PROCESSIONAL: Thy Word (#496-Blue Hymnal)
CALL TO WORSHIP: (congregation reads words in bold)
Leader: Joy comes to those who follow the ways of the Lord.
People: We will follow the Lord with joyful hearts!
Leader: Those who follow the Lord are like trees planted by the river,
bearing fruit each season.
People: May our leaves will never wither! May we know God’s
blessing in all we do.
Leader: Let us worship the Lord who leads us to joy and abundance.
People: We will worship God all of our days.
OPENING HYMN: 411 Stand Up & Bless the Lord
OPENING PRAYER & THE LORD’S PRAYER
HYMN: 748 Lord Of All Hopefulness
ANNOUNCEMENTS, BIRTHDAYS & ANNIVERSARIES
PRESENTATION OF OFFERING:
Offering Received Offertory Hymn: #79 (Blue Hymnal)
HYMN: 634 Will You Come & Follow Me
SCRIPTURE: Genesis 22:1-14 • Luke 14:25-33
PLASTIC JESUS, PLASTIC JESUS....
Genesis 22:1-14 • Luke 14:25-33
A few years ago, the Federal Government, in their infinite wisdom, decided to replace paper money with some sort of a weird, shiny, plastic-y, polymer type.... Stuff. Indestructible, they called it It would last forever. Impossible to rend or rip..... I have a desk drawer filled with little weird, shiny, plastic-y, polymer scraps. Anyway, as I was saying, a few years ago they replaced paper money.
An industrious young entrepreneur from Ontario figured out a quick way to make a little cash. He procured some heavy linen paper and using a high quality printing setup managed to counterfeit a considerable pile of twenty dollar bills. He then decided that he would go gas stations, corner stores and the like, purchasing small items with his false twenties and then receiving new.... plastic.... money as change. Now, you'll remember I called this fellow industrious, young, but not smart. The fellow's twenties featured a delightfully regal and beautiful older lady.... who was definitely NOT the Queen of England.
As you probably know, real Canadian currency has a host of features designed to make it harder to counterfeit. If you hold it up to the light you will see that there's a strip embedded in the paper that has the denomination of the bill printed on it. That strip also glows under UV light. There are several features that you need a magnifier to see as well. All of these things are included to distinguish the real bills from the fakes and also to make it harder to counterfeit. The reason is that when you have that $20 bill you need to be sure that it's real; that it's really worth $20.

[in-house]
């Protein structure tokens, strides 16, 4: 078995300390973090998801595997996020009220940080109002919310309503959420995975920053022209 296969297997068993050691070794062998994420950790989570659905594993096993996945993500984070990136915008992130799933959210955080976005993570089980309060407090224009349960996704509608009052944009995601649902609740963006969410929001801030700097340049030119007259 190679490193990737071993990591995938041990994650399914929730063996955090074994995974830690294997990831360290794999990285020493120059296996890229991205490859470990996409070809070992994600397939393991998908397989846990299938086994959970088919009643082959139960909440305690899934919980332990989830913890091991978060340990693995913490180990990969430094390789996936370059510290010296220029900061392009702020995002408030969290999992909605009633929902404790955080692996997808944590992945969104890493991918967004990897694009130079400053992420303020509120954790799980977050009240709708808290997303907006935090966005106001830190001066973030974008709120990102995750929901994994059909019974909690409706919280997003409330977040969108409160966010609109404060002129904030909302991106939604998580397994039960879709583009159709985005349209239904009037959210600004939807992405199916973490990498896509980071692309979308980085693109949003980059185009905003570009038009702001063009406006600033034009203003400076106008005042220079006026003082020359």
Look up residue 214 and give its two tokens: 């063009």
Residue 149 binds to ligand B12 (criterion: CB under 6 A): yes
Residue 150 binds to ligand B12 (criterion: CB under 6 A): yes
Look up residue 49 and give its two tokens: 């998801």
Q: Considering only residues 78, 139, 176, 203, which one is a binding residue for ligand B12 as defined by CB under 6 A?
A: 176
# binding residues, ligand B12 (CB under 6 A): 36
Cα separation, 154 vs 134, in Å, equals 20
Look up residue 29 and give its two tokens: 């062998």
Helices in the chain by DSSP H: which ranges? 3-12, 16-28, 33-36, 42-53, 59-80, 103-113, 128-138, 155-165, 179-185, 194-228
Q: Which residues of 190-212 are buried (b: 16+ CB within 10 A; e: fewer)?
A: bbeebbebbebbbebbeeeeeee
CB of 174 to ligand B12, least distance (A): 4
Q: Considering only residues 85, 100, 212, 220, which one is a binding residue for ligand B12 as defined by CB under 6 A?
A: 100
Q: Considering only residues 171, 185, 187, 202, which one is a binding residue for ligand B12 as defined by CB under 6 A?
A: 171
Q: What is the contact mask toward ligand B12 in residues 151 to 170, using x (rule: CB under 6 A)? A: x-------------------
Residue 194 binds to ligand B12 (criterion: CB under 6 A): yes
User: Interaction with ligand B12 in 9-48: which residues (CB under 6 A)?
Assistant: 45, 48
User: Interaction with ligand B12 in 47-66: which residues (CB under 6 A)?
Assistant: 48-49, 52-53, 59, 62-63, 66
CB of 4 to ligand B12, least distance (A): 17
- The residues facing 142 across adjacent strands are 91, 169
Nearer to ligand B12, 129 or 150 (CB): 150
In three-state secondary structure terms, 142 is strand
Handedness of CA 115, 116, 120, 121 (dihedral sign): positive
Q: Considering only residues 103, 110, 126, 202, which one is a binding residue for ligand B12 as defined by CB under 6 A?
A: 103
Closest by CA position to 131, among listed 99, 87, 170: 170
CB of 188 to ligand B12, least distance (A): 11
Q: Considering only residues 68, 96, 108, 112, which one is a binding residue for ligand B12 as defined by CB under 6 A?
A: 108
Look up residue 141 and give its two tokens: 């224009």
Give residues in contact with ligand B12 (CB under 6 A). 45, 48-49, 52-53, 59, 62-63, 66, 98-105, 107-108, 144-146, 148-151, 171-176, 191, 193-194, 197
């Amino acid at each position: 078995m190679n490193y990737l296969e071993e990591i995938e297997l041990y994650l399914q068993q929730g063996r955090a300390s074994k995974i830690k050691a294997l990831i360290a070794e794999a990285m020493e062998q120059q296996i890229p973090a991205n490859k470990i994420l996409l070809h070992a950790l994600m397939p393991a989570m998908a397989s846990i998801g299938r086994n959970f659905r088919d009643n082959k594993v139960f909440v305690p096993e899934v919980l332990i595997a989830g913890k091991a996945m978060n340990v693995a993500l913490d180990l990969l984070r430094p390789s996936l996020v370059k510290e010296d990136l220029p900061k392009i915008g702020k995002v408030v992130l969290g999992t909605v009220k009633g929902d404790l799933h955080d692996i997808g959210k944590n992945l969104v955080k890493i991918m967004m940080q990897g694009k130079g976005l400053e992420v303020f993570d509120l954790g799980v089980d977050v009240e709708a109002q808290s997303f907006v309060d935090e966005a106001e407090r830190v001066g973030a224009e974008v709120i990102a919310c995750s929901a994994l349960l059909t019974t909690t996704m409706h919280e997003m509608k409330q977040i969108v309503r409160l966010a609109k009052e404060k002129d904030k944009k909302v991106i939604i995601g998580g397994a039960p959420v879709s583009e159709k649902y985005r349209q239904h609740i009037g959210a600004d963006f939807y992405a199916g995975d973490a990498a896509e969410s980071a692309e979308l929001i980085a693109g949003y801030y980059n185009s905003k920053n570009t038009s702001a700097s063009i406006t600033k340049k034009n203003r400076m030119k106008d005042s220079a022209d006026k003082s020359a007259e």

Here's another example. Companies that make the different products we use every day spend lots of money creating what's called "brand identity." That means they create a logo or identity for their company
or product that is easily recognizable. Probablythe most successful example of creating this brand identity is the familiar shape of the Coca-Cola bottle or their red can. When you see a can or bottle of Coke, no matter what language it's in, you know it's Coca-Cola.
The same is true for most successful products. The idea is that when you see that logo or name, you know you're getting the real thing, the genuine product. So these same companies spend lots of money every year to keep others from duplicating their product or their identity.
Today, however, one of the big problems is copycat products being produced in Asia that are trying to imitate the genuine product.
Dolce and Banana. Michaelsoft Binbows. A Superman clone called Specialman.
Most of these are rather funny but these forgeries are not always funny. For example, authorities have found clones of a popular brand of down jacket for sale on the Internet. When the jackets were tested, it was discovered that they were not filled with down at all but with all sorts of other things, like chicken feathers (and other parts) swept up from the floor of a poultry factory. This can pose a real health risk by carrying bacteria and disease. Another problem these days is the availability of counterfeit medications that people purchase hoping to save money. I think it's obvious how harmful those could be since they may not have any of the needed medication in them.
In the same way that we can be fooled by counterfeit products or money, we are also in danger of counterfeit religion as well. To be more specific, we are in danger of having a counterfeit faith, of believing in a fake Christianity. We are in danger of worshiping a plastic Jesus.
So what do we mean by "plastic Jesus?" What exactly is a counterfeit faith? Where does this fake Christianity come from and how do we recognize it? More importantly, how do we make sure we don't fall for it?
The first thing we need to know is that, unlike counterfeit products or money that are produced by someone else, each one of us is responsible for creating these knockoffs. A plastic Jesus is some kind of caricature of Jesus that is not the real Jesus. It's the image we create in our minds of Jesus - the Jesus we think we want to believe in. John Calvin wrote, "every
one of us is, even from his mother's womb, a master craftsman of idols." What he's saying is that you and I are like a plastic Jesus factory.